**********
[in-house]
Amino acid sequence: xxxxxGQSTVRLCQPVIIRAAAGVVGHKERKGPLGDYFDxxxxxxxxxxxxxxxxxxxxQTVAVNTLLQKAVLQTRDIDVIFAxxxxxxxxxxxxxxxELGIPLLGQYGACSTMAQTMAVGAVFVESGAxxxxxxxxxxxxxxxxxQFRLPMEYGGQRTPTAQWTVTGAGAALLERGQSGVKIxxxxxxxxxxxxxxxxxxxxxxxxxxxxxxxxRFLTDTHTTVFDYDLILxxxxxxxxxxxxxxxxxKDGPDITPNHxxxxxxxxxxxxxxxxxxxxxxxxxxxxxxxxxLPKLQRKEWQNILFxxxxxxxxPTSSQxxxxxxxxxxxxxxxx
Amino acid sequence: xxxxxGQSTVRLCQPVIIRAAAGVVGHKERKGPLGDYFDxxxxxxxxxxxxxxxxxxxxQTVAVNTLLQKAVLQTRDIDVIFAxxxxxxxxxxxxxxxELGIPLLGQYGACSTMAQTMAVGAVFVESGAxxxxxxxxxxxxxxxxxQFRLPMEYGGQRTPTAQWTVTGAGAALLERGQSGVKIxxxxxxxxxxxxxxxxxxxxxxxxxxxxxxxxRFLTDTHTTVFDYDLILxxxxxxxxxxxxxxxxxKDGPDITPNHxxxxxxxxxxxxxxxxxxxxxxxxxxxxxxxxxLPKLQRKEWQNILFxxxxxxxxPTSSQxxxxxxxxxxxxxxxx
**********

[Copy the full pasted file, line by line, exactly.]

[in-house]
Amino acid sequence: xxxxxGQSTVRLCQPVIIRAAAGVVGHKERKGPLGDYFDxxxxxxxxxxxxxxxxxxxxQTVAVNTLLQKAVLQTRDIDVIFAxxxxxxxxxxxxxxxELGIPLLGQYGACSTMAQTMAVGAVFVESGAxxxxxxxxxxxxxxxxxQFRLPMEYGGQRTPTAQWTVTGAGAALLERGQSGVKIxxxxxxxxxxxxxxxxxxxxxxxxxxxxxxxxRFLTDTHTTVFDYDLILxxxxxxxxxxxxxxxxxKDGPDITPNHxxxxxxxxxxxxxxxxxxxxxxxxxxxxxxxxxLPKLQRKEWQNILFxxxxxxxxPTSSQxxxxxxxxxxxxxxxx
Amino acid sequence: xxxxxGQSTVRLCQPVIIRAAAGVVGHKERKGPLGDYFDxxxxxxxxxxxxxxxxxxxxQTVAVNTLLQKAVLQTRDIDVIFAxxxxxxxxxxxxxxxELGIPLLGQYGACSTMAQTMAVGAVFVESGAxxxxxxxxxxxxxxxxxQFRLPMEYGGQRTPTAQWTVTGAGAALLERGQSGVKIxxxxxxxxxxxxxxxxxxxxxxxxxxxxxxxxRFLTDTHTTVFDYDLILxxxxxxxxxxxxxxxxxKDGPDITPNHxxxxxxxxxxxxxxxxxxxxxxxxxxxxxxxxxLPKLQRKEWQNILFxxxxxxxxPTSSQxxxxxxxxxxxxxxxx